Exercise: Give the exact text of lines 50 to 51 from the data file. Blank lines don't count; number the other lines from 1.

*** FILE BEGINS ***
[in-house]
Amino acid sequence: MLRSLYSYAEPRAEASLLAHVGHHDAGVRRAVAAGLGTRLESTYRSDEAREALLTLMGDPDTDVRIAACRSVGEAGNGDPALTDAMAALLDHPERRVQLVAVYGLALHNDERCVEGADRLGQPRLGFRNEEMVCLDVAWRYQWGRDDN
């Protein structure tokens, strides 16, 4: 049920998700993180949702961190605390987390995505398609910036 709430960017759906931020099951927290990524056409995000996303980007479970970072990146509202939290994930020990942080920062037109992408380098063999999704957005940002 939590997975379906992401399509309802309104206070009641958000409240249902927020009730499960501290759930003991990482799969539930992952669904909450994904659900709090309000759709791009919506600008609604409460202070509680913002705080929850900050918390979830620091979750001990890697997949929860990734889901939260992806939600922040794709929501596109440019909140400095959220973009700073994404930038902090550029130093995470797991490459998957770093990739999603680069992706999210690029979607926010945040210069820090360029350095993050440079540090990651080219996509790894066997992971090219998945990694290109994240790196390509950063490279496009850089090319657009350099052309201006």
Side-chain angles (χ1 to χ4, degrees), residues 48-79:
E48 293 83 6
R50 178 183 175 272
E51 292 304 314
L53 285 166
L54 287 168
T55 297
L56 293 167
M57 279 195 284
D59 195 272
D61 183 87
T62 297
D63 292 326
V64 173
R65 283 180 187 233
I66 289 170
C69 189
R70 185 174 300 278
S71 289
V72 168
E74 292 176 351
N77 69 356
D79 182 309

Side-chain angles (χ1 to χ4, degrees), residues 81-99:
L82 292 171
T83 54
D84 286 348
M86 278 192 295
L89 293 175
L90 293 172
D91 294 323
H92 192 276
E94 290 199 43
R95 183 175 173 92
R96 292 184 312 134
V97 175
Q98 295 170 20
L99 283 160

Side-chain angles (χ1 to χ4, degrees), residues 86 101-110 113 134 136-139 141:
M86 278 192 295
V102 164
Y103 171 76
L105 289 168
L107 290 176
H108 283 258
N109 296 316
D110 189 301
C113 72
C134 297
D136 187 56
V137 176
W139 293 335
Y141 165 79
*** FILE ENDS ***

D110 189 301
C113 72